What You Need to Know about Prenuptial Agreements

You’ve been married before and thought you’d never walk down the aisle again. But now you’ve fallen in love and want to get remarried.  The problem is, you have significant assets that you want to protect, in the unlikely event that things don’t work out with your second marriage.  Maybe you have children from your first marriage and, in the event you get divorced again, you want to keep as much of your wealth as possible, so that you can pass it on to your children one day.  Or, perhaps you’ve spent your whole life building your business.  Your employees are like family.  You never married but are going to take the plunge in the near future.  You are concerned that, if marriage turns out to not be for you, your spouse will walk away with partial ownership of your business or may be able to force the business to be sold.

In any of the scenarios discussed above, you may want to consider a Prenuptial Agreement, also known as an Antenuptial Agreement. An Antenuptial Agreement is a legal, binding contract signed by the future spouses, before they are married.  An Antenuptial Agreement is different from a Postnuptial Agreement, which is an agreement signed by the spouses after marriage.

If the spouses have an Antenuptial Agreement, in the event that a marriage dissolves, it is not uncommon for one spouse to claim that the agreement is unfair or one-sided. This happens where there is a disparity of wealth coming into the marriage, i.e., when one spouse has greater assets than the other spouse.  When the validity of an Antenuptial Agreement is contested by one spouse, the Massachusetts Probate Court will closely examine the agreement to determine whether or not its terms are enforceable.  Because the Court will be looking at an agreement that was negotiated and signed several years ago, or even just a few years ago, it is important to carefully follow the requirements for a valid Antenuptial Agreement, before it is signed and before marital strife arises.

When the validity of an Antenuptial Agreement is challenged in Massachusetts, the Court employs a two-step analysis. First, the Court examines the Antenuptial Agreement to determine whether it meets the requirement that it conforms to the rules governing the formation of all contracts, including “the absence of fraud, misrepresentation, and duress,” and that is also satisfies the “fair disclosure” rules. Rosenberg v. Lipnik, 377 Mass. 666, 672-73 (1979).  When examining these issues, the Court looks back to the time that the Antenuptial Agreement was drafted, negotiated, and signed.  The “fair disclosure” rule requires a Judge to determine whether “(1) the Agreement contains a fair and reasonable provision as measured at the time of its execution for the party contesting the agreement; (2) the contesting party was fully informed of the other party’s worth prior to the agreement’s execution, or had, or should have had, independent knowledge of the other party’s worth; and (3) a waiver by the contesting party is set forth.” Rosenberg at 672.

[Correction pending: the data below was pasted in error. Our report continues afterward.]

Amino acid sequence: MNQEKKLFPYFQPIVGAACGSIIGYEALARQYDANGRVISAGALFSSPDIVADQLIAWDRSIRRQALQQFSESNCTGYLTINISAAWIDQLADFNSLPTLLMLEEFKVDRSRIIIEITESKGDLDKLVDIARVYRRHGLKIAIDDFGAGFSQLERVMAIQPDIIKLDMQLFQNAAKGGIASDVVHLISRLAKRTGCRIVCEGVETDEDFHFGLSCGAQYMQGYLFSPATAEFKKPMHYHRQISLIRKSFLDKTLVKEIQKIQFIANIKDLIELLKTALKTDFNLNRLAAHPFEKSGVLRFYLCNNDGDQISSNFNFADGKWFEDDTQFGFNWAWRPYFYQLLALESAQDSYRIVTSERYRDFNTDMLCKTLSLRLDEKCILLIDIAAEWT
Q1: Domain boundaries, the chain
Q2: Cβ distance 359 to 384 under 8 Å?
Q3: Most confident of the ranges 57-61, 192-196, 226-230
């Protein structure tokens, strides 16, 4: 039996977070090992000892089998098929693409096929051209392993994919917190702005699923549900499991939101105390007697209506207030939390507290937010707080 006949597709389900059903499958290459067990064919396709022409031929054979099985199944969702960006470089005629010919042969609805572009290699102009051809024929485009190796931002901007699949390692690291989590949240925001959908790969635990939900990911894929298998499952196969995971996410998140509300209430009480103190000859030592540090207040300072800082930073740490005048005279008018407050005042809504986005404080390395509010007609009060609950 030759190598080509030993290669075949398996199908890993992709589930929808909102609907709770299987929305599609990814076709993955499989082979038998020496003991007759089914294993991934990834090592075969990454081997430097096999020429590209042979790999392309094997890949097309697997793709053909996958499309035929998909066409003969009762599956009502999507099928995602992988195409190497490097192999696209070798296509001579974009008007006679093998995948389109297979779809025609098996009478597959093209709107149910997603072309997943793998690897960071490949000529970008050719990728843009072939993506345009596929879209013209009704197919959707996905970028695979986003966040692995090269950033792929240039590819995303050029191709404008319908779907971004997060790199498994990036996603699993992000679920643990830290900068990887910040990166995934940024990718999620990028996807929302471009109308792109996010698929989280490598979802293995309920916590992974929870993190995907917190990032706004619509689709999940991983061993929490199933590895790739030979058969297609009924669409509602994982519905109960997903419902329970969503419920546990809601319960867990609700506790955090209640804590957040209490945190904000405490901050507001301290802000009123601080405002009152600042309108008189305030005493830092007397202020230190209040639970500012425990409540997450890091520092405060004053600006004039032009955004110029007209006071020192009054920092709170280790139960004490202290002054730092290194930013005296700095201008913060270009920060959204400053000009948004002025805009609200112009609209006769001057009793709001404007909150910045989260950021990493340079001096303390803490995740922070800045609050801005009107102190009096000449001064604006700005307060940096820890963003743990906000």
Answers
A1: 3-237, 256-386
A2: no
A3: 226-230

If this inquiry shows that the Antenuptial Agreement is valid, the Court then goes on to the second part of the analysis, and examines the terms of the Antenuptial Agreement to determine whether it is “fair and reasonable at the time of entry of the [divorce] judgment.” DeMatteo v. DeMatteo, 436 Mass. 18, 26 (2002).

Other requirements for a valid Antenuptial Agreements include that each party have had the opportunity to consult with independent counsel of his or her choosing, prior to the signing of the agreement. In addition, both parties should have ample time to negotiate (through their respective attorneys) the terms of the Antenuptial Agreement.  One party should not present an Antenuptial Agreement to the other party shortly before their wedding day.  Massachusetts Courts have held that an Antenuptial Agreement signed under such circumstances may be void. See, e.g., Schechter v. Schechter, 88 Mass. App. Ct. 239, 256-59 (2015) (holding that an Antenuptial Agreement was unfair and unreasonable and, thus, void, because it was signed by a wife just days before her wedding while she was seven months pregnant).  Therefore, the Antenuptial Agreement should be signed as far in advance of the wedding date as possible.  Also, each party should have the option of not going forward with signing the Antenuptial Agreement.

The above is only a partial list of the requirements of a valid Antenuptial Agreement. There are other essential terms that a valid Antenuptial Agreement must contain, in order to withstand future judicial scrutiny.  If you are considering marriage, but are concerned about protecting your wealth, assets, pensions, retirement accounts, or business interests in the future, you should consult with an attorney experienced in drafting and negotiating Antenuptial Agreements.

Attorney John E. Studley, Jr. has over 30 years of legal experience and has represented clients in drafting and negotiating Antenuptial Agreements. If you would like to speak with him, please call Sandy at 508-946-0070.

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